Write Upon Our Hearts
 — Rev. Phil Hobson

October 20, 2013

Jeremiah 31:27-34
Luke 18:1-8

Grace and Peace to you this morning. Grace and Peace.

I want to talk with you this morning about Apocalypse and Armageddon. These are normally terms used for the end times, and feature prominently in North American Christian fundamentalist theology as well as really bad action movies.

Vast imaginative theologies have sprung up, especially in the twentieth century, around the end times, the end of days, the day of the Lord. The first thing to note about such ideas about God and the world is that very few of them agree with each other. Each comes from a particular view of the Bible and a particular view of humanity.

This is a very important point.

Every theology, every idea about God, comes from a particular point of view of the Bible, of the church, of humanity. Those with whom I disagree most vehemently, I cannot claim they are not reading the Bible, or that they are not praying, or that they are not thinking. It is too easy to caricature those we agree with as the thoughtful, prayerful, scriptural types and those we disagree with as the opposite. In most of our current debates each side does exactly that. It is step two in the playbook and everybody seems to be using the same playbook.

Every disagreement has become Armageddon, and every debate has become the Apocalypse. It is not enough that something is important or vital or critical or determinative of our future. Each controversy is now the war between the forces of light and the forces of darkness, and we all know which side is which, right?

Health care, marriage equality, abortion, gun control, environmental protections, taxes, drone warfare, immigration, warrantless wiretaps and data-mining; has your blood pressure gone up yet?

Each of these issues is important; serious thinking and discussion needs to happen around each of them. Difficult decisions are necessary. But how fast does each of these topics become “God is on our side, devil take the hindmost, let’s get out there and smite somebody!”? Not just in the public sphere, where people make vast amounts of money hyping public anxiety, but even at coffee with friends and relatives it becomes difficult to talk about such things.

One problem is the moment we enter Armageddon mode, rational thought flies away, as do compassion, listening, being open to learning from those who disagree with us; basically all of the things that we need to be able to work together to find solutions to difficult problems and remember we are all in this together.

Jeremiah offers a vision of a very different “day of the Lord”:

But this is the covenant that I will make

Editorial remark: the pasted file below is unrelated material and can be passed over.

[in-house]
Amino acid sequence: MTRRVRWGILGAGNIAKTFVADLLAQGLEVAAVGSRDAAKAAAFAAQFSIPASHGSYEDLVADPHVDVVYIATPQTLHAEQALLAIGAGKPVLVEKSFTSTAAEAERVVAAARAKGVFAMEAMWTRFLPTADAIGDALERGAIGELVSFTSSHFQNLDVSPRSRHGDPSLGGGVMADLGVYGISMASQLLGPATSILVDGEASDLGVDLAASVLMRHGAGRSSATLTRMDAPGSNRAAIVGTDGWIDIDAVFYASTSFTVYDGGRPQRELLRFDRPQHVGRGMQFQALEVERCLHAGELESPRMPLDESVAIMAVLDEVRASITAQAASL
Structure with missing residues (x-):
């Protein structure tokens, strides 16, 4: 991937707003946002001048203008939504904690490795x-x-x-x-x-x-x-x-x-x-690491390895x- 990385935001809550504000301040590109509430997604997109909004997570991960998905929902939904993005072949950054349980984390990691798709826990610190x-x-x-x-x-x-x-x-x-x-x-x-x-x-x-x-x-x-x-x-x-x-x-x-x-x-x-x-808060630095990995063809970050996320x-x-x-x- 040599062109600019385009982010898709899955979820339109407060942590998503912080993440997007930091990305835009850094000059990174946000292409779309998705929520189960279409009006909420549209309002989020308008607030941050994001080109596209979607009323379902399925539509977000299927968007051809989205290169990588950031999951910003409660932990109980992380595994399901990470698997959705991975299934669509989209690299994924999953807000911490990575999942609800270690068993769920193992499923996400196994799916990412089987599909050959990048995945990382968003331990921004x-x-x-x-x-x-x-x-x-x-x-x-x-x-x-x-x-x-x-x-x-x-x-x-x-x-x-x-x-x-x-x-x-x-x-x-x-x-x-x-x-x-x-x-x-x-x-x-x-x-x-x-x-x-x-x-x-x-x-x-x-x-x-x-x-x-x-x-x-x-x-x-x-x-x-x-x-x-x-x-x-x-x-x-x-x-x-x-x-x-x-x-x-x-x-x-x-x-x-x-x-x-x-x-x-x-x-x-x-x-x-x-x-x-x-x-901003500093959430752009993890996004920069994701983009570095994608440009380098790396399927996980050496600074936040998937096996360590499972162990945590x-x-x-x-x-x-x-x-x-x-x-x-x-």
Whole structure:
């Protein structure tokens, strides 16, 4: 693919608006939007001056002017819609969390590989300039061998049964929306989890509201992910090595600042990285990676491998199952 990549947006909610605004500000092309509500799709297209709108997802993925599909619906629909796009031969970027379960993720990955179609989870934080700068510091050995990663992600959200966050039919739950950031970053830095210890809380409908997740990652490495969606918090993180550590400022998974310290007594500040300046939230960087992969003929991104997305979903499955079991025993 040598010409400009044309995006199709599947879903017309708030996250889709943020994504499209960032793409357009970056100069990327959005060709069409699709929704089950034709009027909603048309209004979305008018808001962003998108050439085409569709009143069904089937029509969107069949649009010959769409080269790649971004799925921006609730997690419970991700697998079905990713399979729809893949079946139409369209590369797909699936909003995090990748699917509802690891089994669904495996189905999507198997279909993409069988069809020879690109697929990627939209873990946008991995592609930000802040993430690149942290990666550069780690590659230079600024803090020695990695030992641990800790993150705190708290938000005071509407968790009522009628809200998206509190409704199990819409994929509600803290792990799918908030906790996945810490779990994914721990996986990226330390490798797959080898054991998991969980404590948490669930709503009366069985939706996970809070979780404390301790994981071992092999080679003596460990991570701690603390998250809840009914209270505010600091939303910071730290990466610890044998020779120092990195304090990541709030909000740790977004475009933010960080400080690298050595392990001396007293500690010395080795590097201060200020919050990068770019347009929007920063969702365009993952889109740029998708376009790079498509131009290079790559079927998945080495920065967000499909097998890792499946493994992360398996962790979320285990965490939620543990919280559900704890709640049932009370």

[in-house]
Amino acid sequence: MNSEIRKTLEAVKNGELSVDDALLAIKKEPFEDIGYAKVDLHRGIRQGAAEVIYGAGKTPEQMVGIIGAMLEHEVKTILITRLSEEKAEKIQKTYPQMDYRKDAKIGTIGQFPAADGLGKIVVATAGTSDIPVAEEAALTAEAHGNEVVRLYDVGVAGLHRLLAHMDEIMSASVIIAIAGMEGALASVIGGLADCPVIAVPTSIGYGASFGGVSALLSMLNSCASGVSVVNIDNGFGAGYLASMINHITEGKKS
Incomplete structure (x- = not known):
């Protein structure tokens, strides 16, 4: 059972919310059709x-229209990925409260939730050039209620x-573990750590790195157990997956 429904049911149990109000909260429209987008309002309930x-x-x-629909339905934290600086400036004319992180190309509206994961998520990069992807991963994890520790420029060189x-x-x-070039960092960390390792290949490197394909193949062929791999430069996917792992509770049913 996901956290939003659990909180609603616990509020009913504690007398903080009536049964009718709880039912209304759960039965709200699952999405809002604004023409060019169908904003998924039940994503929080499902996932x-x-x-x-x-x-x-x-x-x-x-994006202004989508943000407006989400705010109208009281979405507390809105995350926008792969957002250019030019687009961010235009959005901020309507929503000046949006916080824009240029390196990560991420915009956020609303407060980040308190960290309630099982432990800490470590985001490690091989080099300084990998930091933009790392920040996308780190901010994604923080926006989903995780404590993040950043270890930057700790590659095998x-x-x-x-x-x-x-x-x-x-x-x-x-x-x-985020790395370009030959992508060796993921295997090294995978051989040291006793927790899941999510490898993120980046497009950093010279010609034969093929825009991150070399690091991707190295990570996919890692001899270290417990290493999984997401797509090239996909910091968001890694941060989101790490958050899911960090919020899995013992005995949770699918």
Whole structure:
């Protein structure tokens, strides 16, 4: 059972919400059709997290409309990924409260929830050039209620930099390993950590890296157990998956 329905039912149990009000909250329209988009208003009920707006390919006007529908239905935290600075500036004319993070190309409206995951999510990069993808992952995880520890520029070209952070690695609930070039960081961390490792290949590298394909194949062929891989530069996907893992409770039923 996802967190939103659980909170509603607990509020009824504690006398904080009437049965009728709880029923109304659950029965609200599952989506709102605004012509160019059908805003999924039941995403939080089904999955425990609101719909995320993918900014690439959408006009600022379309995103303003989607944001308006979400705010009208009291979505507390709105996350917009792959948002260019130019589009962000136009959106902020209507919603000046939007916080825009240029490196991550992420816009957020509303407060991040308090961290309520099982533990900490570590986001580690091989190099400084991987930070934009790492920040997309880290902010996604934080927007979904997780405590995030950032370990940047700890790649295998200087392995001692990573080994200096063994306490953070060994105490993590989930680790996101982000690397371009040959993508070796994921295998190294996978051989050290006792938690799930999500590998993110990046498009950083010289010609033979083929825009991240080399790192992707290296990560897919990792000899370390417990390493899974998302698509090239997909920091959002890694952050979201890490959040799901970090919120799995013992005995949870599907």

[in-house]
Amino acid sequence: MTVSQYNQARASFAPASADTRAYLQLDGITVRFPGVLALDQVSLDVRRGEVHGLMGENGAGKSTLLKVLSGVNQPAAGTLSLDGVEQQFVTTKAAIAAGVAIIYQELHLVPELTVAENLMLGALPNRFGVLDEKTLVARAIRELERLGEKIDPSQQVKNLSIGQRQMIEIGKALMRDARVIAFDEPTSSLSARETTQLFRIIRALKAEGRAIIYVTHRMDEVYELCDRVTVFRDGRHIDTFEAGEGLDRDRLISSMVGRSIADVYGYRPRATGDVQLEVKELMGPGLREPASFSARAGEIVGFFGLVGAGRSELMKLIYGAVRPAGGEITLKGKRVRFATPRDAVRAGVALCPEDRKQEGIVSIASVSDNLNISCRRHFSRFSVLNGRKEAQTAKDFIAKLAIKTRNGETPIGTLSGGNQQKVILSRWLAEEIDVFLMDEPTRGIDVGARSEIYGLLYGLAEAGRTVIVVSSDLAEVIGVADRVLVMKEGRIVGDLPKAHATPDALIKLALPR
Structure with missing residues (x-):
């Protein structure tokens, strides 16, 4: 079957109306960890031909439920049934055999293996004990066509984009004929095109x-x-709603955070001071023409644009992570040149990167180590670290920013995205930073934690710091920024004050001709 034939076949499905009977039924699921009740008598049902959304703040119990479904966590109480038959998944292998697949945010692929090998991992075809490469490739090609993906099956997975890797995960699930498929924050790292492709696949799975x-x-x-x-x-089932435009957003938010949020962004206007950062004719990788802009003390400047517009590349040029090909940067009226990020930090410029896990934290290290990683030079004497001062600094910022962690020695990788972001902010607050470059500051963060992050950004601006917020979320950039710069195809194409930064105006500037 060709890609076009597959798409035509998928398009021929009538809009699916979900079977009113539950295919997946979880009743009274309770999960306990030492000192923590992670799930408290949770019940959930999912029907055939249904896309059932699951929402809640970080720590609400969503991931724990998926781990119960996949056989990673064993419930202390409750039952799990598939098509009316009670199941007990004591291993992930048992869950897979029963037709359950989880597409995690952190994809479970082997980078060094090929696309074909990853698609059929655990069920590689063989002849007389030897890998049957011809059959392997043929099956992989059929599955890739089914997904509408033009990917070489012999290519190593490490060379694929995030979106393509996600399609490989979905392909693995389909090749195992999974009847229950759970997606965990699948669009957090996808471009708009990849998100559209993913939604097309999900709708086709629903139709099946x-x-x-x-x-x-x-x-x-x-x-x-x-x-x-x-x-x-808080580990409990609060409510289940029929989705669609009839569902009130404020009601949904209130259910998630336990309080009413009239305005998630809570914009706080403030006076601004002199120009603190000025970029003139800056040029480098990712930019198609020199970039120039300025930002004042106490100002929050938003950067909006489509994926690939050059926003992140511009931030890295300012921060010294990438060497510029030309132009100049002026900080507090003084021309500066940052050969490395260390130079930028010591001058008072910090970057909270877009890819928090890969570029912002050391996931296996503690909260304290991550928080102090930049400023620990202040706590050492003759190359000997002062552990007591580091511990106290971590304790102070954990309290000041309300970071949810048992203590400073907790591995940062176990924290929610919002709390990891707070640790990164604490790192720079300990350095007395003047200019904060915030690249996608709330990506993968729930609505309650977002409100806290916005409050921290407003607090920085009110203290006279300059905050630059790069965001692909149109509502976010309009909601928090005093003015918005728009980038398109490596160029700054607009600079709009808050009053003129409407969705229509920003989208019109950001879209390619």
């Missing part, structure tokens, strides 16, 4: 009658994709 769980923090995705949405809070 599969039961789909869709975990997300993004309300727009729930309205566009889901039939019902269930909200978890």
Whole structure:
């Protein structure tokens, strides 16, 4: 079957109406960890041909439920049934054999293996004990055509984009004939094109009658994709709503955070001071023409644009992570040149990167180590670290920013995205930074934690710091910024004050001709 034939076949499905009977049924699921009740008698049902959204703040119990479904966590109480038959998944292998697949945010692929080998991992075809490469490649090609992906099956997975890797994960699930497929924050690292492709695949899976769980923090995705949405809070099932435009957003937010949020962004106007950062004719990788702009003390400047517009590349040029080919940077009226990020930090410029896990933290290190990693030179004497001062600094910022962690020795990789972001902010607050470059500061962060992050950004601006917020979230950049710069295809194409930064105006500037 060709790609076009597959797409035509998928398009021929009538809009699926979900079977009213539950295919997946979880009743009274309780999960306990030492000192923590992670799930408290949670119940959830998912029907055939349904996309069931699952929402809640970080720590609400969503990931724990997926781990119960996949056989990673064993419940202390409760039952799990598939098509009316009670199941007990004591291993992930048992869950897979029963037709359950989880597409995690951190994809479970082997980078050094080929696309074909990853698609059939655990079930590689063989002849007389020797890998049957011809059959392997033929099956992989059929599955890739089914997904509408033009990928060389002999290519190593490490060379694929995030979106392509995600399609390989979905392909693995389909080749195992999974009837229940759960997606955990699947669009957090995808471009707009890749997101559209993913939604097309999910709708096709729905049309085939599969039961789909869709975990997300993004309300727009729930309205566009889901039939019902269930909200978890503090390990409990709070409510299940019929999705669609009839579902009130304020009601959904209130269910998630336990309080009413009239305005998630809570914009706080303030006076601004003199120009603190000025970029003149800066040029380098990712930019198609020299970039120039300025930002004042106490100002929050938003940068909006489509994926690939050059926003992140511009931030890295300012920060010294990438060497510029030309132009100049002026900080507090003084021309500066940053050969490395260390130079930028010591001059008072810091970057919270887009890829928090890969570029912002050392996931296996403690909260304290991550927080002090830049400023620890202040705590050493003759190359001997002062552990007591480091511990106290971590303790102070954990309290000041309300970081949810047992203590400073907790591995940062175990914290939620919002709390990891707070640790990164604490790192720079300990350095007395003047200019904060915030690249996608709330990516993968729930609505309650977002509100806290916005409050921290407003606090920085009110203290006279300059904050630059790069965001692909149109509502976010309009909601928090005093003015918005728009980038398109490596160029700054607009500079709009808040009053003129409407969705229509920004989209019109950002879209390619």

with the house of Israel after those days, says the LORD:
I will put my law within them, and I will write it on their hearts;
and I will be their God, and they shall be my people.

No longer shall they teach one another, or say to each other, “Know the LORD,”
for they shall all know me, from the least of them to the greatest, says the LORD;
for I will forgive their iniquity, and remember their sin no more.

This new covenant says that even the Torah will no longer be necessary
to read, because we will have it written on our hearts:

Compassion for the outsider,
Hospitality to the stranger,
Sitting at the table for those with whom we disagree,
Sabbath for you and me and those who work for us and foreigners in our midst,
Treating each other as children of God and not as us versus them,
Not lording it over one another.

(Now where have I heard of someone doing these things…)

Such a day is not the result of finally getting our righteousness right or our piety perfect or our politics correct. Jeremiah says that such a day comes because we were not able to get the first covenant right, and even though we were not faithful (even to the point that God calls us a cheating spouse), God is faithful: if that didn’t work, let’s try this.

In the face of our faithlessness, God does not summon up legions of angels to smite us. God tries a new way to get the message through. God starts over. Not as God did with Noah, washing out the world, but with a new message.

In light of our fascination with Armageddon, and in light of God’s pervasive love, it almost makes me wonder if the one knocking incessantly in the Gospel reading today isn’t God, hoping someday we will relent and start to love one another.

Those who follow Jesus are warned about falling asleep and following the popular ways of doing things. Those who follow Jesus are told to keep praying and not lose heart, even though the world falls in love with violence and develops amnesia that we are neighbors and not enemies. Those who follow Jesus are told to serve others, to love their enemies and pray for them, to bless those who curse, and to not return evil for evil but overcome evil with good.

There is a reason Jesus gave his followers stories of perseverance and courage and hope and, finally, justice. He gave us these examples because this is hard work.

And will not God grant justice to his chosen ones
who cry to him day and night? Will he delay long in helping them?
I tell you, he will quickly grant justice to them.
And yet, when the Son of Man comes, will he find faith on earth?

Come quickly Lord, with your compassion, and pray that you will find us to be compassionate.

Thanks be to God.